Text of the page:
This recipe call for dried cranberries, leeks and goat cheese, not always something you may have on hand, so add some to your grocery list for your next trip to the store.
You’re bound to impress friends and family with this recipe!
Â Roasted Brussels Sprouts with Onions, Bacon and Cranberries
Are you one of those people who hates Brussels sprouts? It’s probably because they were simply steamed or boiled and mushy? Something tells me you’re going to love this recipe from Sarah’s Cucina Bella. Sarah’s savory dish is easy and, oven-roasting retains more nutrient value.
Brussels sprouts are a cruciferous vegetable – they come from the cabbage family.
According to the World’s Healthiest Foods,Â Brussels sprouts provide cancer protection because of their four specific glucosinolates. That’s just nutrition-speak for cancer protective substances. they’re high in vitamin K, C and folate and there are nearly 100 studies in PubMed on Brussels sprouts!
This recipe is another that doesn’t require a lot of time, it can be made the day ahead. It also calls for dried cranberries so you can use the remaining cranberries from your wild rice casserole and whip this up for an impressive vegetable dish.
It serves four, so if you need to feed more, you’ll want to double the recipe.
Celebrations Quinoa Salad with Pecans and Cranberries
This recipe was shared by Anne of FannetasticFood.com.
You can serve it as a side dish or an entree. If you’re vegetarian or entertaining someone who is, this is a festive dish to serve – especiallyÂ for the holidays. Love the addition of pecans and fresh parsley and chives.
If you’re not familiar with quinoa, it’s a healthy food to add to your diet.
Quinoa is high in protein and very nutrient dense. It’s high in phytonutrients, which makes it anti-inflammatory. The World’s Healthiest FoodsÂ says it contains “heart-healthy fats like monounsaturated fat (in the form of oleic acid).”
Quinoa is also high in manganes, phosphorus and magnesium, and even better, it’s low on the glycemic index.
Choose an organic broth/stock in this recipe to keep it clear of all the pesticides found in non-organic veggies.
Cranberry Waldorf Salad
Who doesn’t love a Waldorf Salad?
This new twist on an old favorite, is brought to us by Melissa of The Clothes Make the Girl.
Melissa took a not-so-healthy version of this salad and turned it into something the most ardent whole-foodie would love!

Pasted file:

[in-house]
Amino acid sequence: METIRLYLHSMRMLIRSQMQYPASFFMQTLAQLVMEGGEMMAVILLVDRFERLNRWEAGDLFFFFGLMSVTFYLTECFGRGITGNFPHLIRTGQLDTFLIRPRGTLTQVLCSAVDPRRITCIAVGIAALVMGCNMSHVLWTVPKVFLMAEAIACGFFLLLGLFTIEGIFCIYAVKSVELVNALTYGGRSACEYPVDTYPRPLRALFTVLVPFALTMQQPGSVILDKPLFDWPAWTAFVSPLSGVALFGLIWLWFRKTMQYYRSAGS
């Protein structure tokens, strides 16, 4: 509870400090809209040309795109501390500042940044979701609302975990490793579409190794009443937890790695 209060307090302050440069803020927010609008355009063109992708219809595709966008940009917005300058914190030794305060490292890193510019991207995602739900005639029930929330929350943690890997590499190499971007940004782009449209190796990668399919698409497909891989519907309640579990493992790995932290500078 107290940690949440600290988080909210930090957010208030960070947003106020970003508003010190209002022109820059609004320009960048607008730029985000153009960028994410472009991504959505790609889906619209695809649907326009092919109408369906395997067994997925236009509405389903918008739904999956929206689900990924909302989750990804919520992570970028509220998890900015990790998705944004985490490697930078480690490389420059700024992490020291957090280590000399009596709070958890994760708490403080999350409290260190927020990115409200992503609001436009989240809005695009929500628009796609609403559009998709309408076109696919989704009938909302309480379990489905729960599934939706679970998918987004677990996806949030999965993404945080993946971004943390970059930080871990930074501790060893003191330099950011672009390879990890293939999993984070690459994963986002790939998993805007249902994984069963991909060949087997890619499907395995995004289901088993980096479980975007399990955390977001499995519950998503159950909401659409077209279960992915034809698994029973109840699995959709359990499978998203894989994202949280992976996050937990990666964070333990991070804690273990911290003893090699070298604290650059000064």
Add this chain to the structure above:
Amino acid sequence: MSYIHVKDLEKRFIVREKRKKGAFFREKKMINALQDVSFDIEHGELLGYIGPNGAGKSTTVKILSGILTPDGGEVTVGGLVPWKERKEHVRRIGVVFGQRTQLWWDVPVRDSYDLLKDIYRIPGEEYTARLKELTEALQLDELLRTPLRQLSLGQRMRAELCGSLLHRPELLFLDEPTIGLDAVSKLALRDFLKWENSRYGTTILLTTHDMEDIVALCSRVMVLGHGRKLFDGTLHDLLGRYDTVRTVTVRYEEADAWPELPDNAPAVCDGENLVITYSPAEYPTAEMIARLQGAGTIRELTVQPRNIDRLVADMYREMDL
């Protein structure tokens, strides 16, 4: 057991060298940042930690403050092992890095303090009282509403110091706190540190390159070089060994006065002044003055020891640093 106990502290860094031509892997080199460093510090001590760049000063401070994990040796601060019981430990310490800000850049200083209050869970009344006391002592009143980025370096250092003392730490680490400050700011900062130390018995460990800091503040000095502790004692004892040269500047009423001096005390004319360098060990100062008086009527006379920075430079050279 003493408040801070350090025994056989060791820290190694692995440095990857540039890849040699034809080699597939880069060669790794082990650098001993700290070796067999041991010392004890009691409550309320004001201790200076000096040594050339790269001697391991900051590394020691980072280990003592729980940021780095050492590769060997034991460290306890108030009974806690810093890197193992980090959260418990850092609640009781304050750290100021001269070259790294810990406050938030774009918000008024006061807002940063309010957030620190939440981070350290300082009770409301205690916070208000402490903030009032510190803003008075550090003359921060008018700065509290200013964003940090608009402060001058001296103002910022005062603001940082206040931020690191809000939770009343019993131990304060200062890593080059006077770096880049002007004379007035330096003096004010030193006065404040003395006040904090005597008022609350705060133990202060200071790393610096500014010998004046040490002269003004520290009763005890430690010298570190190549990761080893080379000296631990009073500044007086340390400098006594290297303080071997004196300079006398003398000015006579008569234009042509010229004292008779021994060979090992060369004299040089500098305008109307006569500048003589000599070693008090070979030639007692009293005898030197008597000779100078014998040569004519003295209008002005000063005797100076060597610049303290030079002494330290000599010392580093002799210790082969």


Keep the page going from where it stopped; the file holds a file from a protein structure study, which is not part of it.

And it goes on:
She eliminated the mini marshmallows, and replaced the sugar and Cool-WhipÂ® with healthy coconut milk and dried apricots. Good thinking Melissa!
You need to do some prep-work the day beforeÂ for this recipe, but it appears to be well worth it!
You’ll need fresh cranberries, but they’re in abundance soon, if not already in your area.Â Remember to get organic apples and grapes, whenever possible.
Bring back an old seasonal favorite for Thanksgiving, with this healthy Cranberry Waldorf Salad!
Chicken Burger with Orange Cranberry Mayonnaise
The first thing I thought when I saw this Orange Cranberry Mayonnaise recipe, was think “Wouldn’t this taste great on a turkey sandwich after Thanksgiving?”
Holiday leftoversÂ just got a makeover!
ThisÂ recipe hails from Cafe Tecumseh and it’s great variation on a burger – especially if you’re limiting red meats in your diet.
Chef Jayson’s creation is made with ground chicken, sage, ginger and a tasty salad garnish, the burger itself looks phenomenal, but it was the orange cranberry mayo that really caught my attention.
Dried cranberries, garlic, mayonnaise, and orange juice, with a little honey, salt & pepper, are tossed in a food processor (or Vitamix), for a delicious condiment for your chicken burger or turkey leftovers!
There’s even a suggestion for a cider beer to pair with this delicious burger. Doesn’t that sound good?
Now that we’ve wet your appetite with some delicious cranberry recipes, do you have any you’d like to share with us? Please post in the comments below.
If you enjoyed these recipes, come back every Friday for our healthy recipe roundup!